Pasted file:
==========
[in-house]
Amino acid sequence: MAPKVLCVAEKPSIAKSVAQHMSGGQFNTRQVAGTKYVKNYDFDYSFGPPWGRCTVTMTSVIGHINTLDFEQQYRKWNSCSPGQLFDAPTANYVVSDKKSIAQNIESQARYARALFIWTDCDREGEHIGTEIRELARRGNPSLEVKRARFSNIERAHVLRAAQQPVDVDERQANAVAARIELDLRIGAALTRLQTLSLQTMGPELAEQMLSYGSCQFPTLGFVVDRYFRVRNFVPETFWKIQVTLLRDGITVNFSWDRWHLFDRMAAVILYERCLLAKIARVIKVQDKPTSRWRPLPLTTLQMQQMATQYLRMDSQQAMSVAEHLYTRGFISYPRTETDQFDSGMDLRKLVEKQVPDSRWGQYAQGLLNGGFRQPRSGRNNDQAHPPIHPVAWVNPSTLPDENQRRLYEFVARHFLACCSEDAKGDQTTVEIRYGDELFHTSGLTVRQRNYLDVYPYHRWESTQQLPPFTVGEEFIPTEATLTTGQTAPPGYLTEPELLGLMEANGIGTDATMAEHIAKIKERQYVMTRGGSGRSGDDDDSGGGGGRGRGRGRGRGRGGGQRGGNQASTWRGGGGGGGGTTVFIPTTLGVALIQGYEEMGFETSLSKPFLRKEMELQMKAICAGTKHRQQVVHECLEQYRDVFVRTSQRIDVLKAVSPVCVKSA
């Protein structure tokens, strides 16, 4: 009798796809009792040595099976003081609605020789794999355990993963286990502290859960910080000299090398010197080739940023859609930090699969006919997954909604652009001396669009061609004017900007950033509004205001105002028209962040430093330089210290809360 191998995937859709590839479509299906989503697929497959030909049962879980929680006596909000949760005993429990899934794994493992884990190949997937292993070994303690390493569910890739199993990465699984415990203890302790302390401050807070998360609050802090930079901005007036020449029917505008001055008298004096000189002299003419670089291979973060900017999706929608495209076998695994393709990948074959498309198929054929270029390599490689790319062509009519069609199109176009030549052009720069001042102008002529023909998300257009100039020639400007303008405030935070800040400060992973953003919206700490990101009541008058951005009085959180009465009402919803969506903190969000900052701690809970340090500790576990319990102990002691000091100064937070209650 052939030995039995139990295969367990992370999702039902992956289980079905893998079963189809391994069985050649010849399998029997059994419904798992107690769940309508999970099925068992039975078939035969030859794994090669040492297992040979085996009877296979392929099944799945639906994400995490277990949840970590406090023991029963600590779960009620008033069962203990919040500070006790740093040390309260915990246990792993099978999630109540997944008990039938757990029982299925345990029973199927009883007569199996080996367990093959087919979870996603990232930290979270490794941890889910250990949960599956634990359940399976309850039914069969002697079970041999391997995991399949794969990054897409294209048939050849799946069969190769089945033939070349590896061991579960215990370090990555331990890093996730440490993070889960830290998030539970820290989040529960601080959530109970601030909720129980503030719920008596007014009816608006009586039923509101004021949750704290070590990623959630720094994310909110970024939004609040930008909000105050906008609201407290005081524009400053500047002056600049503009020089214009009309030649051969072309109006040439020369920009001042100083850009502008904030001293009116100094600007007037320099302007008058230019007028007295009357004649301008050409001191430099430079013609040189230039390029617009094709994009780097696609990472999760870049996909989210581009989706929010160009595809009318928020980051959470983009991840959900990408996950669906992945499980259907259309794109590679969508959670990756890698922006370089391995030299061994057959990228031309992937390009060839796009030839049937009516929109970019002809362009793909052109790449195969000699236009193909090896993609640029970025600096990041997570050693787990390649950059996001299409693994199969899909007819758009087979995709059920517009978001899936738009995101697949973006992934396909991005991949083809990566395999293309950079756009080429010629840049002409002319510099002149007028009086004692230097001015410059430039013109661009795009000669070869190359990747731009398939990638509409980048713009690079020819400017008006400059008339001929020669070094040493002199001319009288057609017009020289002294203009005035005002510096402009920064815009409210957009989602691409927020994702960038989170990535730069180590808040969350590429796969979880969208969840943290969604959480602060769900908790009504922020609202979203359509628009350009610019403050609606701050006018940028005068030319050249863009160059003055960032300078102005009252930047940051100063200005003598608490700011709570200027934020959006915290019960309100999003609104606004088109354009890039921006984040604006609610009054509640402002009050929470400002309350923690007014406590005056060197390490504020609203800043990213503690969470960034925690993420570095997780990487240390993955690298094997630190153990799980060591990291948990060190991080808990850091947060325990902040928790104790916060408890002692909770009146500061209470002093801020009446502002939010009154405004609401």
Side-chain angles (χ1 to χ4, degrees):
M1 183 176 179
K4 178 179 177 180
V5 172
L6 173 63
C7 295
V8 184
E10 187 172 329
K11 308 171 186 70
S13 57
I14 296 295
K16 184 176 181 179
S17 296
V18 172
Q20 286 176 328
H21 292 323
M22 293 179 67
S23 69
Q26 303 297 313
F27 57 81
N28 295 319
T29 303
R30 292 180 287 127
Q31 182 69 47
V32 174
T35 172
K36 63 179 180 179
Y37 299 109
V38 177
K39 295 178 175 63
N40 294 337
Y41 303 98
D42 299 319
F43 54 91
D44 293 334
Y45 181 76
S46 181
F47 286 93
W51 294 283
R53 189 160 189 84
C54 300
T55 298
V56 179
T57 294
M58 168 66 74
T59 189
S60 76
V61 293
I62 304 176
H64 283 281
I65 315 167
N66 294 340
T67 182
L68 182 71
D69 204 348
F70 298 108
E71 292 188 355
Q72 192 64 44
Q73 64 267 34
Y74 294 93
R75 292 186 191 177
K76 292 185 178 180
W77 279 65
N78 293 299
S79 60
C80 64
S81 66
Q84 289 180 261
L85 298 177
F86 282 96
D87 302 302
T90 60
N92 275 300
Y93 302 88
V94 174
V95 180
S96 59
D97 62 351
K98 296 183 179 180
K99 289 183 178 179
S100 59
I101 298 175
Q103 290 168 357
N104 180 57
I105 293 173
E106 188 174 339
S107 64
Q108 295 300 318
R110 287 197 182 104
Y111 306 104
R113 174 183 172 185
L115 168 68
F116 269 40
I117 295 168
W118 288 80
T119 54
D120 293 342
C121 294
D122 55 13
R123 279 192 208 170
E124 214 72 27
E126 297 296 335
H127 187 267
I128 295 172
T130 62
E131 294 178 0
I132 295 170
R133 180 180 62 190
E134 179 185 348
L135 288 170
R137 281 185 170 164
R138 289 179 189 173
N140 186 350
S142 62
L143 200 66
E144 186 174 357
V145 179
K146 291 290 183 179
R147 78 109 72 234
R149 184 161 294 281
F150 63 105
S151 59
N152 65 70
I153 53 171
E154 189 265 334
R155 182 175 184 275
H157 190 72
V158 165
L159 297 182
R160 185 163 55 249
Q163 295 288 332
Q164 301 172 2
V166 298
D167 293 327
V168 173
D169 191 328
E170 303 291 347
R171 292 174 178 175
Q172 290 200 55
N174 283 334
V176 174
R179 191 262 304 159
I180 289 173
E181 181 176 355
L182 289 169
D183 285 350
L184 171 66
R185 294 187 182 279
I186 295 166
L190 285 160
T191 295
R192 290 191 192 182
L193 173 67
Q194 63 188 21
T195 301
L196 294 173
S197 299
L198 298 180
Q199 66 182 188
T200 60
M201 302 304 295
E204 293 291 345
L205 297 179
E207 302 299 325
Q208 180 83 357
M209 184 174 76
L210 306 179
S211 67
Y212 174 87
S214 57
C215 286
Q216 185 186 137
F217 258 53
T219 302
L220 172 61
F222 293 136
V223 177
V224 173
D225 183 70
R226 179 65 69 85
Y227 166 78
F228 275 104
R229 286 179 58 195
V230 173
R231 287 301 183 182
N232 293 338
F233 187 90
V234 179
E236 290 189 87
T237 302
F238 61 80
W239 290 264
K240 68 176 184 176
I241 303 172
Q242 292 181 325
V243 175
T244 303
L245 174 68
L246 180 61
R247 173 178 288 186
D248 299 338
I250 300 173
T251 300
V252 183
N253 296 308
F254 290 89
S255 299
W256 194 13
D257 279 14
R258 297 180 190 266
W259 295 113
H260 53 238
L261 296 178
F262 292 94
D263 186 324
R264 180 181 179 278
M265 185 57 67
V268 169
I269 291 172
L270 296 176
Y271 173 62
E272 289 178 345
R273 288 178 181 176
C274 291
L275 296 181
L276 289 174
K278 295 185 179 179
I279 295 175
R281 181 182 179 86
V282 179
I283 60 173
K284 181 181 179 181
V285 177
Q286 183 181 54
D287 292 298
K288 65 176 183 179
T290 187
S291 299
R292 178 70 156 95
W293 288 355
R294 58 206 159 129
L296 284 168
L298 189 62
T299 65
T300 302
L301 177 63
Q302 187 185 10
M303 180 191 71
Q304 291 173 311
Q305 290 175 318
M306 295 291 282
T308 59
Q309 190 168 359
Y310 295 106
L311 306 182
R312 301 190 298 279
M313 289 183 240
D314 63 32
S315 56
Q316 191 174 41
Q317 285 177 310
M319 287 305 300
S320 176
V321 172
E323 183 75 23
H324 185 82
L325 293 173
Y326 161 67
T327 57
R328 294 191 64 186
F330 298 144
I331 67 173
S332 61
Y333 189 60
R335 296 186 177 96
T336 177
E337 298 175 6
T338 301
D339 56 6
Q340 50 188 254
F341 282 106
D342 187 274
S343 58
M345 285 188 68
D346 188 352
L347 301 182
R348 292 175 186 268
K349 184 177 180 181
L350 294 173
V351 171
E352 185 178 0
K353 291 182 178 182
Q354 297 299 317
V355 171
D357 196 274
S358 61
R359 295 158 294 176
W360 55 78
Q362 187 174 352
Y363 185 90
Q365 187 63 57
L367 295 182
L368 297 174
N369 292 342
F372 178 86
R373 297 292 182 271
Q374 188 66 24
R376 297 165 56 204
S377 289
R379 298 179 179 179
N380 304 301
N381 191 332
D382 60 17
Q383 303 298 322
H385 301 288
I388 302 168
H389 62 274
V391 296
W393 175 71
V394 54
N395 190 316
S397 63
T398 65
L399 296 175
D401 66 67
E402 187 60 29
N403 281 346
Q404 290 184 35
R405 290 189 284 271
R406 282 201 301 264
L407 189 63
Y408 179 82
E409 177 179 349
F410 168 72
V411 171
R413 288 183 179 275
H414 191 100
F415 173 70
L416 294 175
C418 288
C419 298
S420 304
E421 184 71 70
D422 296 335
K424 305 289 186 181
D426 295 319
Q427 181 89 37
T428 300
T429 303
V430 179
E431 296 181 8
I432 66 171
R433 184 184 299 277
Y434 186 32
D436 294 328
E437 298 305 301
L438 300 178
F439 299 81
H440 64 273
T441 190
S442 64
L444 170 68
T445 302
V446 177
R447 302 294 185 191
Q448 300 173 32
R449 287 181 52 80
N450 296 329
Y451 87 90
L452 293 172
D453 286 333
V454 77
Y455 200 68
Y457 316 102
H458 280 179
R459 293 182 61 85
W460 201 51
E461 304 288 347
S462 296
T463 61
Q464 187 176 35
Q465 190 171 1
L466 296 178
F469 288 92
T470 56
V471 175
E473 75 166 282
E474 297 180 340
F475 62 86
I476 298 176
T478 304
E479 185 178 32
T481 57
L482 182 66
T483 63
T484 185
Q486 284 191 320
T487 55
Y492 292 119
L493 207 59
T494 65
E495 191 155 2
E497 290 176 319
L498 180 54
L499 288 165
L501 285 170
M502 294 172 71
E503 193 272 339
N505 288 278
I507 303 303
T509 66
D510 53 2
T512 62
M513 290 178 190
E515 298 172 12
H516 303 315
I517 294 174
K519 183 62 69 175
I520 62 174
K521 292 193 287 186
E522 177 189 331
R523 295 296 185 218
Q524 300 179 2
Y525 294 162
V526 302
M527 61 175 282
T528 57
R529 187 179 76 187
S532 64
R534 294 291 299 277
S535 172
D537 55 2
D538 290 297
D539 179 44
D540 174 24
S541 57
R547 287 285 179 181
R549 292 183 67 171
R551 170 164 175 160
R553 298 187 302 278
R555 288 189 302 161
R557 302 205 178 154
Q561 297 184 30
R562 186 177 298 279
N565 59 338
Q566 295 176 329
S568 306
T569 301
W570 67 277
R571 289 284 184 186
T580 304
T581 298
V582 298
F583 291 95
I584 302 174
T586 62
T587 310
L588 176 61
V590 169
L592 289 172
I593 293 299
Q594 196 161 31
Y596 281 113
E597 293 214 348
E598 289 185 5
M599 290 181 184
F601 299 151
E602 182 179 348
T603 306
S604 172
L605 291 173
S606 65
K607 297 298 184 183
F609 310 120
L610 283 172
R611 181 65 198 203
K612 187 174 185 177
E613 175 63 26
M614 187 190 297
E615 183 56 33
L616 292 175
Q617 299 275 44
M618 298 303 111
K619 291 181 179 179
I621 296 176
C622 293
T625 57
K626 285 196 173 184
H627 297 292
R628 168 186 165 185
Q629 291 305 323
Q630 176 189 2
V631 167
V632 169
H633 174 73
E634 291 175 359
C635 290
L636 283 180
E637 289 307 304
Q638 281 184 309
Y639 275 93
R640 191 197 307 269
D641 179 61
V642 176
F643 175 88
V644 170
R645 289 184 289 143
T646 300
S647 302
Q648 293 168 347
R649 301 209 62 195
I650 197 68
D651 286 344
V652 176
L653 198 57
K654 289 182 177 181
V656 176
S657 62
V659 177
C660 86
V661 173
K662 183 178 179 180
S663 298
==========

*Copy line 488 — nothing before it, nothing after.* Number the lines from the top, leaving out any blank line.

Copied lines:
I621 296 176